New UK restrictions on the amount of chromium VI in cement come into force yesterday, 17 January 2005. The Control of Substances Hazardous to Health (Amendment) Regulations 2004 (COSHH 2004) will prohibit the supply or use of cement which has a chromium VI concentration of more than 2 parts per million. As well as cement itself, the restriction will apply to a wide range of products that contain cement such as mortars, grouts, tile adhesives etc.
This legislation is being introduced to help prevent allergic contact dermatitis, a potentially serious condition that can lead to permanent disability, which can occur when wet cement containing chromium VI comes into contact with the skin. While construction workers such as bricklayers, tile layers, and workers laying concrete floors are likely to be at most risk, this condition can occur in members of the public who use cement or products containing cement without taking proper precautions.
From 17 January 2005 manufacturers will have to add a reducing agent to their products to bring chromium concentrations down to permitted levels (2 parts per million). In addition, they must provide information on safe shelf life, as the reducing agent is only effective for a limited period. Although virtually all uses of cement are covered by this ban, cement and cement products produced and used in controlled and closed systems are exempt from this restriction.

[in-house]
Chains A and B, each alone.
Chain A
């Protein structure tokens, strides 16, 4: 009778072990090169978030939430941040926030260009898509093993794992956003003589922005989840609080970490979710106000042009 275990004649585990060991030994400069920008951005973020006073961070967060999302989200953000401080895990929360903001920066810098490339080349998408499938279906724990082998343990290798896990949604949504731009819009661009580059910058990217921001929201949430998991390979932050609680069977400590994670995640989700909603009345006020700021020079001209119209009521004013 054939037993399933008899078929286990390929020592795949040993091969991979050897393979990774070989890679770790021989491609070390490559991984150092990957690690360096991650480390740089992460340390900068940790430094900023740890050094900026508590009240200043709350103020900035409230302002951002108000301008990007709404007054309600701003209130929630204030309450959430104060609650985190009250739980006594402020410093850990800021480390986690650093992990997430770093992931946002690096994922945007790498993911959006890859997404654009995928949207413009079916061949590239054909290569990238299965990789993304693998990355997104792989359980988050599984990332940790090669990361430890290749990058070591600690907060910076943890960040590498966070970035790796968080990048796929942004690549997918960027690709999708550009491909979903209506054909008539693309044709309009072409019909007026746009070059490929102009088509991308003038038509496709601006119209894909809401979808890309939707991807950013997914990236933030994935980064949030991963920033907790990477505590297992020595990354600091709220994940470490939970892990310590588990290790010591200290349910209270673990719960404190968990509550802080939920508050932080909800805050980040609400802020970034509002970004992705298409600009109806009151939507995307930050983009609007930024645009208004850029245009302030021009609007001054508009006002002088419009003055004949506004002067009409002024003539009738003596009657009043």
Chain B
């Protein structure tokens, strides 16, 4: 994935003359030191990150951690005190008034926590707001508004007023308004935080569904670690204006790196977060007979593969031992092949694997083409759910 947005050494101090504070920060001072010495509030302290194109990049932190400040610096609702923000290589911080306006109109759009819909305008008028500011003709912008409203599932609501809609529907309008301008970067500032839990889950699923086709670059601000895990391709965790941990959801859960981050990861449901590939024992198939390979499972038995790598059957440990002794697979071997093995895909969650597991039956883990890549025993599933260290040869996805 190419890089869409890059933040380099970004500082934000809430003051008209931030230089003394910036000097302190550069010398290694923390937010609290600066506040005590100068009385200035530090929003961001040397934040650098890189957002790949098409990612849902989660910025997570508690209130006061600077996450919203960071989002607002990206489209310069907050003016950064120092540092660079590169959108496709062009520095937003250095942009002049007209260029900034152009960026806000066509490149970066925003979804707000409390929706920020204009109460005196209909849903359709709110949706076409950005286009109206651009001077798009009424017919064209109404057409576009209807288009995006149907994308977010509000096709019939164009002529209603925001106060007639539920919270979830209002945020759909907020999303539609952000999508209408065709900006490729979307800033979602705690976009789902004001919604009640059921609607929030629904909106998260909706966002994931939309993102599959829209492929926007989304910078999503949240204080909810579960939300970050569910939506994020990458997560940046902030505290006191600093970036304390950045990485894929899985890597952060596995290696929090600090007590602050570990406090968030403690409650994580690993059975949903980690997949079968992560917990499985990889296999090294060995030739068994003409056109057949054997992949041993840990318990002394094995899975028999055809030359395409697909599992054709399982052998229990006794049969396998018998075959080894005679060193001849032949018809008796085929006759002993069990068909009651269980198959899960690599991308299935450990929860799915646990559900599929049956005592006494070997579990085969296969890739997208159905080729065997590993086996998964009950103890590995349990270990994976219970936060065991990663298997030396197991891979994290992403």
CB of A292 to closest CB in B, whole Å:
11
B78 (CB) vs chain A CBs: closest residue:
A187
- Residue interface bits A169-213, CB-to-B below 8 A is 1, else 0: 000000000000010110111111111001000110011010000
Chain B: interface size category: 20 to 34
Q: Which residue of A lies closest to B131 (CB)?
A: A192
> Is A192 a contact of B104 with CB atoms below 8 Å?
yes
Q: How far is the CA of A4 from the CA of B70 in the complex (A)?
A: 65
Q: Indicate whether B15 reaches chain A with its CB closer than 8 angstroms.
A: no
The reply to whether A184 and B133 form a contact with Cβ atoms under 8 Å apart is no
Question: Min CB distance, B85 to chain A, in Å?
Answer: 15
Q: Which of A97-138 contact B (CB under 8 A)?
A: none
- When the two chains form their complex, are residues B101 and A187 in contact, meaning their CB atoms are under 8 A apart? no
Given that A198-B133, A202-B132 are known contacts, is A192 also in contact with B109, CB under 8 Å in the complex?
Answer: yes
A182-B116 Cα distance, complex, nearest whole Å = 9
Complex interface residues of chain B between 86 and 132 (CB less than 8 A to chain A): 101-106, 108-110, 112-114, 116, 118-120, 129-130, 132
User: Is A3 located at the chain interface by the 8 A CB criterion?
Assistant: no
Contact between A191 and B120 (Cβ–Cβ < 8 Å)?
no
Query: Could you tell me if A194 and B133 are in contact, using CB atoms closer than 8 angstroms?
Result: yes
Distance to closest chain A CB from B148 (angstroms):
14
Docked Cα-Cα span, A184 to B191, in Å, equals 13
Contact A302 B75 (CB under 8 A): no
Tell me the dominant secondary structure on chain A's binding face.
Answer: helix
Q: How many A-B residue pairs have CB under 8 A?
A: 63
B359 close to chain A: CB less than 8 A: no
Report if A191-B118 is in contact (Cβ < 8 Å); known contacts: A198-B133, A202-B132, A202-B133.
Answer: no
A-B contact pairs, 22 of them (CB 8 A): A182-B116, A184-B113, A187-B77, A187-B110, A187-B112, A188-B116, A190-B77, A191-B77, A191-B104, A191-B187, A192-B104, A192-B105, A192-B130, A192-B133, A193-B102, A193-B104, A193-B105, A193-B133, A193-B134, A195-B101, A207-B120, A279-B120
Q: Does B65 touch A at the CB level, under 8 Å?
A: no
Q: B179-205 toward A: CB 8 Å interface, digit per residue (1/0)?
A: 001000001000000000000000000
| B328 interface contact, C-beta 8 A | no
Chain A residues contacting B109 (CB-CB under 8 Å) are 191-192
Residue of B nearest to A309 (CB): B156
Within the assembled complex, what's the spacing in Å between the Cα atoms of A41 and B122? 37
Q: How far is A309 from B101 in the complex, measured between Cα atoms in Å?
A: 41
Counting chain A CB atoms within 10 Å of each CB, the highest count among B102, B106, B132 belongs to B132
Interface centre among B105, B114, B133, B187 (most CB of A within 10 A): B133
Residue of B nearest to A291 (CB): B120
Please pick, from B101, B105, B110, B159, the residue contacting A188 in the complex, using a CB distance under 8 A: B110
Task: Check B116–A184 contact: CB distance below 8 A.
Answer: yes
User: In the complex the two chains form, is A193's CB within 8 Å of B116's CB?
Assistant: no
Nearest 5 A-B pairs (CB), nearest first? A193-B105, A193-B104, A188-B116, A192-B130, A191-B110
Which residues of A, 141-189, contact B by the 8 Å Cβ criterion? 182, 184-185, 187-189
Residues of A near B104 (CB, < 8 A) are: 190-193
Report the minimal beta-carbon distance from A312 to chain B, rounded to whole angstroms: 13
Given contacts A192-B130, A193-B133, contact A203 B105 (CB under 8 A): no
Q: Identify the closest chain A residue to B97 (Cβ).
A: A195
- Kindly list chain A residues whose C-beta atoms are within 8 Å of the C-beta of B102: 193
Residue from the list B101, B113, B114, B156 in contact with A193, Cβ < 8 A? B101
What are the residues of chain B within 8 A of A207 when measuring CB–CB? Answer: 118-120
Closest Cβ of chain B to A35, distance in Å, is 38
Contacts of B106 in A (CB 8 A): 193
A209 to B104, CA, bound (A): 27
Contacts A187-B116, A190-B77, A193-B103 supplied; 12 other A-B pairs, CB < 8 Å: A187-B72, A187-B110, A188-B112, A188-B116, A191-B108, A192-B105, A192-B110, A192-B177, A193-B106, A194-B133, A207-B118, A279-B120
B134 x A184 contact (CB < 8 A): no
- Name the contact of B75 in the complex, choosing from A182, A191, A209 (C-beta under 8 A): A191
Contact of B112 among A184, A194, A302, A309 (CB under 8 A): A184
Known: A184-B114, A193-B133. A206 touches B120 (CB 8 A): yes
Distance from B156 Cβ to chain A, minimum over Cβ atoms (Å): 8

Manufacturers and suppliers will be taking urgent steps to comply with the new law as soon as practicable, in order to eliminate the risks from allergic contact dermatitis. However, it may take time for all "undosed" products to work their way through the supply chain. In any event, even cement that is properly dosed with reducing agent will continue to have the potential to cause ill health due to its irritant effects and highly alkaline nature. Users are therefore being reminded how important it is to continue to avoid all skin contact with cement and cement products, using the correct PPE at all times.
HSE has worked closely with industry, including the British Cement Association (BCA), the British Adhesives and Sealants Association (BASA) and other company representatives on the new Regulations.
Recently, HSE and BCA set up a Task Force representing a broad range of stakeholders to develop agreed approaches to the new chromium VI restrictions, and also on the other hazards of cement. Bill Macdonald, HSE’s spokesman on skin disease reduction said:
"By the simple step of reducing the levels of chromium VI in cement and cement products, these Regulations should make allergic contact dermatitis, caused by skin contact with wet cement, a thing of the past. But the fact remains that wet cement can still cause serious burns if it comes into contact with the skin. So, whilst this change is good news, it doesn’t mean that cement is now "safe". Our message to users is: treat this material with respect if you value your skin".